Drugs are easy to get – the decentralized cloud computing opportunity

It’s impossible to leverage all the GPUs in the world efficiently without some sort of decentralized system that allows them to be tracked and manage
Jules Urbach – Founder of Render Network

The idea is simple. At any given time, a significant amount of computing power is sitting idle while others could be using it. If blockchain can bring both sides together, it’s a win-win for everyone

The opportunity here is to penetrate a market dominated by the big players of Silicon Valley. 

It’s worth taking a minute to let that sink in. Microsoft and the Web2 Goliaths Amazon and Google share 66% of the global market. Silicon Valley’s cloud infrastructure brought $270 billion in revenues in 2023.

cloud provider bar chart, aws 33%, microsoft azure 24%, google cloud 11% Alibaba Cloud 4%
Data from:

Great idea – or head in the clouds? 

The answer is both. But, of course, it’s not that simple. Because what we are really looking at is a David vs. Goliath scenario.

Decentralized computing vs. centralized computing

Goliath is powerful, well-established, and has vast resources and infrastructure. Vast as in Microsoft and OpenAI are building a $100 billion supercomputer called Stargate that’s set to be operational by 2028.

You won’t beat that. But blockchain empowers you to answer with agility and innovative technology.

At the same time, it gives you a great vision – if you care about human rights.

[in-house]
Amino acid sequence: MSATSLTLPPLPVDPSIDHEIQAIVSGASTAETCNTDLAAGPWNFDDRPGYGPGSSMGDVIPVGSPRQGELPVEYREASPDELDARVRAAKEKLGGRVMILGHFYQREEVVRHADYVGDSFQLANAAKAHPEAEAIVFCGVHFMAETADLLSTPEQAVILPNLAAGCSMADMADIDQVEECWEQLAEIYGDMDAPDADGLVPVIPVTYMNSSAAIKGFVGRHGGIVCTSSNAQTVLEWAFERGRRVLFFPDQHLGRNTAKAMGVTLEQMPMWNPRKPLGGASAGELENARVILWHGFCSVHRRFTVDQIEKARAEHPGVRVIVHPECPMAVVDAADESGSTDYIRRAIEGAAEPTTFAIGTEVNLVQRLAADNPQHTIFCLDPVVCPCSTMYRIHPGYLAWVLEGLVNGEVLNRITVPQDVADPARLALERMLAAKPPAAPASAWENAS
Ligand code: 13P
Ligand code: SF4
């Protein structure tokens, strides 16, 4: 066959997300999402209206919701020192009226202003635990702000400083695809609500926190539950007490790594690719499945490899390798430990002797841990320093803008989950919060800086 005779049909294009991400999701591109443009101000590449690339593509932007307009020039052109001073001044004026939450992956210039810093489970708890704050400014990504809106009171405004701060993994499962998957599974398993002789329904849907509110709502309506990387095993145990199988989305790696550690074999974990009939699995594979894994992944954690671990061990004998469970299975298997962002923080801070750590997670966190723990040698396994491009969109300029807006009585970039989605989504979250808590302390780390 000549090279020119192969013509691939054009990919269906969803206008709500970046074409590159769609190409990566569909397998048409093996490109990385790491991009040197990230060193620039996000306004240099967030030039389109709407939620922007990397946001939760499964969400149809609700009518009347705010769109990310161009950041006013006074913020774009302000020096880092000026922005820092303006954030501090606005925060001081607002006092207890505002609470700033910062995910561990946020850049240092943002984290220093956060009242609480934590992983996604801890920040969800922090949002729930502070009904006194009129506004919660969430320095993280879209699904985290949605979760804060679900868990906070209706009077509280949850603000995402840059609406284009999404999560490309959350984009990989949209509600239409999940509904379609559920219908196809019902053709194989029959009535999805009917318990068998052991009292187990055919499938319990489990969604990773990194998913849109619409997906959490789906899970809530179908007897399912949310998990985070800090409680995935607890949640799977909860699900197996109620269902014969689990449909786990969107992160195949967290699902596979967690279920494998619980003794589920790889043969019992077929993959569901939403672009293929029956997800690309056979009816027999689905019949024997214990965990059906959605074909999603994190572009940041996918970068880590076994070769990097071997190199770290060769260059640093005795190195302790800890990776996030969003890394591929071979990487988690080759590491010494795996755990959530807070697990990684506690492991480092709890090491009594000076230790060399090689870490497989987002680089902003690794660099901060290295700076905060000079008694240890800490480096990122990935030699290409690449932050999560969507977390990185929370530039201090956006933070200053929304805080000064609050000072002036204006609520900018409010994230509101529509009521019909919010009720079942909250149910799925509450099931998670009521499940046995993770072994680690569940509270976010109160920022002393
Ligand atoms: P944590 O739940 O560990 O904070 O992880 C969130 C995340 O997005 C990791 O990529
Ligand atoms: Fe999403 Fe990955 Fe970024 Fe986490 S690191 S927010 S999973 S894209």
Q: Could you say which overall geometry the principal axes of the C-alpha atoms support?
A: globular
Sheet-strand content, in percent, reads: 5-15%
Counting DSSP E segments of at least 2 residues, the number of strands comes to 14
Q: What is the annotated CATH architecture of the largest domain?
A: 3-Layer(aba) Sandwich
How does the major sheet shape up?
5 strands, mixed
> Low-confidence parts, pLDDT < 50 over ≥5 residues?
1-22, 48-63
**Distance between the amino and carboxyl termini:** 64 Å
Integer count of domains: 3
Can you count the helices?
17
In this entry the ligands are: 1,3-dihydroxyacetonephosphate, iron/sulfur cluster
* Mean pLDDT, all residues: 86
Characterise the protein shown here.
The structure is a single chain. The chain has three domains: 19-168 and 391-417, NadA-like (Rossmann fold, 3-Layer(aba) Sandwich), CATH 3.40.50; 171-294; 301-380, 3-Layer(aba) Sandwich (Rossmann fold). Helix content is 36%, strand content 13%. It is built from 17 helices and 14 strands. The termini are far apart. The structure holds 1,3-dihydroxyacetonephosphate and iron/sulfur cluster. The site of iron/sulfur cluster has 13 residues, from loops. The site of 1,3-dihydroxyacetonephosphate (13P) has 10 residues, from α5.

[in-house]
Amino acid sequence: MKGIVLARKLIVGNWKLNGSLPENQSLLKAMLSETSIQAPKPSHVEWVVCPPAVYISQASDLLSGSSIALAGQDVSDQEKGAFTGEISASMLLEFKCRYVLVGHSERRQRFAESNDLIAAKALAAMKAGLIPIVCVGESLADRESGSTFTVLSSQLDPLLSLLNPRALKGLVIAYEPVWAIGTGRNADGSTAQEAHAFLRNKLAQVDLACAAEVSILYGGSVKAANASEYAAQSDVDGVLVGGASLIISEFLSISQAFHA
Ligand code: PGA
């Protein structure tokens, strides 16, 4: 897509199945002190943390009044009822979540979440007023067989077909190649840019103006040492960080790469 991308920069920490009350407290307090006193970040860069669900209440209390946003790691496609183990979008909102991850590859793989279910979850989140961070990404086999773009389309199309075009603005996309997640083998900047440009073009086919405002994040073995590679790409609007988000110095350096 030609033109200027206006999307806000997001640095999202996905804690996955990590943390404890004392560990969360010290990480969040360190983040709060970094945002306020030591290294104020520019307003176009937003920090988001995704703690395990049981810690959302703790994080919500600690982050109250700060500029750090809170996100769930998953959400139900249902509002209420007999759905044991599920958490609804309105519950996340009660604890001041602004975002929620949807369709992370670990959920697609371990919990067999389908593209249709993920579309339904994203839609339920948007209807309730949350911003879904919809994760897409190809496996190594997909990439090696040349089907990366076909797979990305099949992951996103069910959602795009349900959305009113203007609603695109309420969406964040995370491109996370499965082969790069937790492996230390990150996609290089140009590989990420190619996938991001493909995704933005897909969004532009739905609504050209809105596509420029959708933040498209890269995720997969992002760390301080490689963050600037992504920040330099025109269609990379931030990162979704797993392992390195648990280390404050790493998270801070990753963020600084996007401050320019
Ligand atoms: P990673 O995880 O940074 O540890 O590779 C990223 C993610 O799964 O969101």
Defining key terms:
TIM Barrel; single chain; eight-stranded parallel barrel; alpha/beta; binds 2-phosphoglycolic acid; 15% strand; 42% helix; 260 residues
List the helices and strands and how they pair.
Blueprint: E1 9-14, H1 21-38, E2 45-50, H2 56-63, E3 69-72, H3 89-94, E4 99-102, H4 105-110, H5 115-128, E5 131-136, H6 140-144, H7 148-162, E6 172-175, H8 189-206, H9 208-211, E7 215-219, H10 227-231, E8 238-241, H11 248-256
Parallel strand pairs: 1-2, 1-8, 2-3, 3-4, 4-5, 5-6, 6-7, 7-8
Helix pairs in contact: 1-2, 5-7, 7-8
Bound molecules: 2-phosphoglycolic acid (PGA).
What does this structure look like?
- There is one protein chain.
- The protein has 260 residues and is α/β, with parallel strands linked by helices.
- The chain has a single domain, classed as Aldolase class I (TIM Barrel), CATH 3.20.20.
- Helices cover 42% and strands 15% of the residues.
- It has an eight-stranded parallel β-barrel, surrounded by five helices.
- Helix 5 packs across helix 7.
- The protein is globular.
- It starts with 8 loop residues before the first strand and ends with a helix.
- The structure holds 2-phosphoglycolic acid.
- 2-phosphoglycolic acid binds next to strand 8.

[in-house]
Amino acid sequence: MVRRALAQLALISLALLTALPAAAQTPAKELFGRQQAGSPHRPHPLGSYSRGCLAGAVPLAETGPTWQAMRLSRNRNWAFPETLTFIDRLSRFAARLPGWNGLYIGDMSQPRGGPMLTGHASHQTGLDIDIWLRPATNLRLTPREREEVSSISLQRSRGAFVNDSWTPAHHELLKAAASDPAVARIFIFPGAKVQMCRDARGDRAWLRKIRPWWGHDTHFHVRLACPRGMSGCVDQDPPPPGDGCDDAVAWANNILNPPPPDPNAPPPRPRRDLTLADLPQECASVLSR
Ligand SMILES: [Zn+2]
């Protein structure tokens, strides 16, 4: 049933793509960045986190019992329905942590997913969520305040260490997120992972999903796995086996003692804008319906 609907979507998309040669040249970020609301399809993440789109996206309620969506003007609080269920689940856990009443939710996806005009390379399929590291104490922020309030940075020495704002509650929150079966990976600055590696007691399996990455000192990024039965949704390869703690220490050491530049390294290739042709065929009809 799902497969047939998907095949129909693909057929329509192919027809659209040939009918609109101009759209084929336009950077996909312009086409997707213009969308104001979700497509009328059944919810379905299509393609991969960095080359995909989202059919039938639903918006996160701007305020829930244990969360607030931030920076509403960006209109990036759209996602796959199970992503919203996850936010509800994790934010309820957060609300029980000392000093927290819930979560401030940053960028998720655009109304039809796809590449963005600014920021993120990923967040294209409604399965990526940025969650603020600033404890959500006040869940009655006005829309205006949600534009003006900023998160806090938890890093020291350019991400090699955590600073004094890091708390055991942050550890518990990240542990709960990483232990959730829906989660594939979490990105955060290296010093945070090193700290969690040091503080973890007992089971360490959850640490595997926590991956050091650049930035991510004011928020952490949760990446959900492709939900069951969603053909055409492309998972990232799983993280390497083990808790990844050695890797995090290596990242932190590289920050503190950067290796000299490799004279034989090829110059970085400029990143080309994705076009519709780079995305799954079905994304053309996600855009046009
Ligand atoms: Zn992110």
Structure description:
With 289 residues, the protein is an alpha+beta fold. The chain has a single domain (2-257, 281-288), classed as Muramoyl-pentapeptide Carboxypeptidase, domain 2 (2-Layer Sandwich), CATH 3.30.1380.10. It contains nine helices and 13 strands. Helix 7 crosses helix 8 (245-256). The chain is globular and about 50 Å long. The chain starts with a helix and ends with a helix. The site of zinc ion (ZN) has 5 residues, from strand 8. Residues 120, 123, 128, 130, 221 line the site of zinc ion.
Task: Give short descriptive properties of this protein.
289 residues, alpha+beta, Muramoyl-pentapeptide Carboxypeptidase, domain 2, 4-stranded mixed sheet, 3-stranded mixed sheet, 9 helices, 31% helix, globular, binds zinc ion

The Ethics of the Internet and Human Rights

The Internet was created as a decentralized network to fight against centralization, right – the threat of a central entity going down and affecting the communications network.  But over time, it got increasingly centralized and now the landscape looks like 80% or so of cloud computing, which is a backbone for the Internet, is controlled by four companies.
Greg Osuri – CEO of Akash

The magic of decentralized cloud computing solves problems inherent in centralized models. These include single points of failure, privacy concerns, and data monopolization.

What does this mean in practice? Let’s take democracy as an example. 

In 2024, 49% of the world’s population will have the right to vote for a new government. Of those, 2.8 billion people live in countries with a history of Internet shutdowns – that’s ⅓ of our population. The stakes are high.

Decentralized cloud computing’s answer is censorship resistance, resilience, and security – the core values of Web3. 

If these values are properly communicated, they could attract people beyond the Web3 bubble. If history teaches us anything, it’s that people do demand human rights after all. 

One thing that definitely attracts consumers is value for money. 

Tap into idle supply and undercut Web2

Utilizing idle GPUs by connecting them to a DePIN system, as Jules Urbach suggests, does indeed seem to slash computational costs. At least the example of Akash suggests this. 

Akash is a decentralized computing marketplace. As of March 30, 2024, the platform offers the H100, Nvidia’s latest state-of-the-art GPU (the one Elon was referring to), for 84% less than AWS.

price comparison, akash network offers cloud computing cheaper than AWS, Google Cloud Platform and Microsoft Azure